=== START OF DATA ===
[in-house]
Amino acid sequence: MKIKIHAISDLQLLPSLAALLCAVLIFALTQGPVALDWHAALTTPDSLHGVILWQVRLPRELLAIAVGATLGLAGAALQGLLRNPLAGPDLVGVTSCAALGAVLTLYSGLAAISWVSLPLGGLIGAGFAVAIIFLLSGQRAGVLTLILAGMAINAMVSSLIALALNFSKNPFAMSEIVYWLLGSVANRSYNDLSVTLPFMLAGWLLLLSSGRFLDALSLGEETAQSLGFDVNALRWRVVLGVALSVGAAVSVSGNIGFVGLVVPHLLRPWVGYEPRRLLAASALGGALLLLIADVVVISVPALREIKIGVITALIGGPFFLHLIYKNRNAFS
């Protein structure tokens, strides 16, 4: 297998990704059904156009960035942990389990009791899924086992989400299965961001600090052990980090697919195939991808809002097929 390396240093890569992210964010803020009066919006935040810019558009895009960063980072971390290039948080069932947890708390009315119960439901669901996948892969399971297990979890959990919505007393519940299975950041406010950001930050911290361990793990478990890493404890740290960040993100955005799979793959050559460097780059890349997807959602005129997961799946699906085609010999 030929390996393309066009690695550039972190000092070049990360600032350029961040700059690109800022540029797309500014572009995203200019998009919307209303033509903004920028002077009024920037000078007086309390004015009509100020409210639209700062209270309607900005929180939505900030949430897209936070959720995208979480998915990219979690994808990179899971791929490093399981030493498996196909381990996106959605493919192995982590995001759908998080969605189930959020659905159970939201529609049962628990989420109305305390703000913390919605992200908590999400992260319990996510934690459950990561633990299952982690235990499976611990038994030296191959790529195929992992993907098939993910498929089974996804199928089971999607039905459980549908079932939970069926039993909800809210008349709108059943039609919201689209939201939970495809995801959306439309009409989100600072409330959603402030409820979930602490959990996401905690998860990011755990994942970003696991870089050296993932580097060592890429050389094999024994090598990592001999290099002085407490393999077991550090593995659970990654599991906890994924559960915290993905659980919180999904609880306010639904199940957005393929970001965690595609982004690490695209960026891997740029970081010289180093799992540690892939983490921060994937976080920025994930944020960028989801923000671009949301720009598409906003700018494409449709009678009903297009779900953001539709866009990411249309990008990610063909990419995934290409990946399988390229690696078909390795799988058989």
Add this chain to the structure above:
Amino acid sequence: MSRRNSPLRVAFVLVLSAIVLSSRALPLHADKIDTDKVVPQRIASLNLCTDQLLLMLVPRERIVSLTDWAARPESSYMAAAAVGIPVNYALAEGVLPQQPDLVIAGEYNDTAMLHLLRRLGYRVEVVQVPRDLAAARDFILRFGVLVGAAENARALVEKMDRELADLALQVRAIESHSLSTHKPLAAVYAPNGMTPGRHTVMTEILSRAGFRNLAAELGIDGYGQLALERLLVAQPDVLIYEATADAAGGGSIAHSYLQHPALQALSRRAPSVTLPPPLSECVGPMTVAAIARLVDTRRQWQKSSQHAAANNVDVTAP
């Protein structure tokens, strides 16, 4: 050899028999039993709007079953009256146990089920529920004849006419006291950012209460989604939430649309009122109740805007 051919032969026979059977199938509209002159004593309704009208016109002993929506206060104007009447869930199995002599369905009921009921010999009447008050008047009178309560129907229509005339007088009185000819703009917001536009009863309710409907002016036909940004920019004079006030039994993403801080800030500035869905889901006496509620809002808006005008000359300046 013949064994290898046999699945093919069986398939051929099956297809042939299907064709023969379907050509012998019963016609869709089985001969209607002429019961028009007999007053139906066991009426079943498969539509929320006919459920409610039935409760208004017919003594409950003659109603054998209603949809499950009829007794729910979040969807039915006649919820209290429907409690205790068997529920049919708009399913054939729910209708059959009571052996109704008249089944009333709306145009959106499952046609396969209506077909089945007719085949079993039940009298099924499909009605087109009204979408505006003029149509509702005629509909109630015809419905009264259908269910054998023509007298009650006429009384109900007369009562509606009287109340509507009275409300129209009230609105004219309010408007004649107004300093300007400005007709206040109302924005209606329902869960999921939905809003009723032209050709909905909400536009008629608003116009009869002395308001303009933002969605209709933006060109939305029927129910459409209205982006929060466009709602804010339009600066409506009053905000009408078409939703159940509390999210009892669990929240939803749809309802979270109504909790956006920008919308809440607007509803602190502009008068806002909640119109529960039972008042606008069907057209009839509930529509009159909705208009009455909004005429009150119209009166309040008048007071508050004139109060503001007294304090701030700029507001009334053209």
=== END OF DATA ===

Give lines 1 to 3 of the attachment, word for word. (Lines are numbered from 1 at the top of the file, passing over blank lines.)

[in-house]
Amino acid sequence: MKIKIHAISDLQLLPSLAALLCAVLIFALTQGPVALDWHAALTTPDSLHGVILWQVRLPRELLAIAVGATLGLAGAALQGLLRNPLAGPDLVGVTSCAALGAVLTLYSGLAAISWVSLPLGGLIGAGFAVAIIFLLSGQRAGVLTLILAGMAINAMVSSLIALALNFSKNPFAMSEIVYWLLGSVANRSYNDLSVTLPFMLAGWLLLLSSGRFLDALSLGEETAQSLGFDVNALRWRVVLGVALSVGAAVSVSGNIGFVGLVVPHLLRPWVGYEPRRLLAASALGGALLLLIADVVVISVPALREIKIGVITALIGGPFFLHLIYKNRNAFS
């Protein structure tokens, strides 16, 4: 297998990704059904156009960035942990389990009791899924086992989400299965961001600090052990980090697919195939991808809002097929 390396240093890569992210964010803020009066919006935040810019558009895009960063980072971390290039948080069932947890708390009315119960439901669901996948892969399971297990979890959990919505007393519940299975950041406010950001930050911290361990793990478990890493404890740290960040993100955005799979793959050559460097780059890349997807959602005129997961799946699906085609010999 030929390996393309066009690695550039972190000092070049990360600032350029961040700059690109800022540029797309500014572009995203200019998009919307209303033509903004920028002077009024920037000078007086309390004015009509100020409210639209700062209270309607900005929180939505900030949430897209936070959720995208979480998915990219979690994808990179899971791929490093399981030493498996196909381990996106959605493919192995982590995001759908998080969605189930959020659905159970939201529609049962628990989420109305305390703000913390919605992200908590999400992260319990996510934690459950990561633990299952982690235990499976611990038994030296191959790529195929992992993907098939993910498929089974996804199928089971999607039905459980549908079932939970069926039993909800809210008349709108059943039609919201689209939201939970495809995801959306439309009409989100600072409330959603402030409820979930602490959990996401905690998860990011755990994942970003696991870089050296993932580097060592890429050389094999024994090598990592001999290099002085407490393999077991550090593995659970990654599991906890994924559960915290993905659980919180999904609880306010639904199940957005393929970001965690595609982004690490695209960026891997740029970081010289180093799992540690892939983490921060994937976080920025994930944020960028989801923000671009949301720009598409906003700018494409449709009678009903297009779900953001539709866009990411249309990008990610063909990419995934290409990946399988390229690696078909390795799988058989």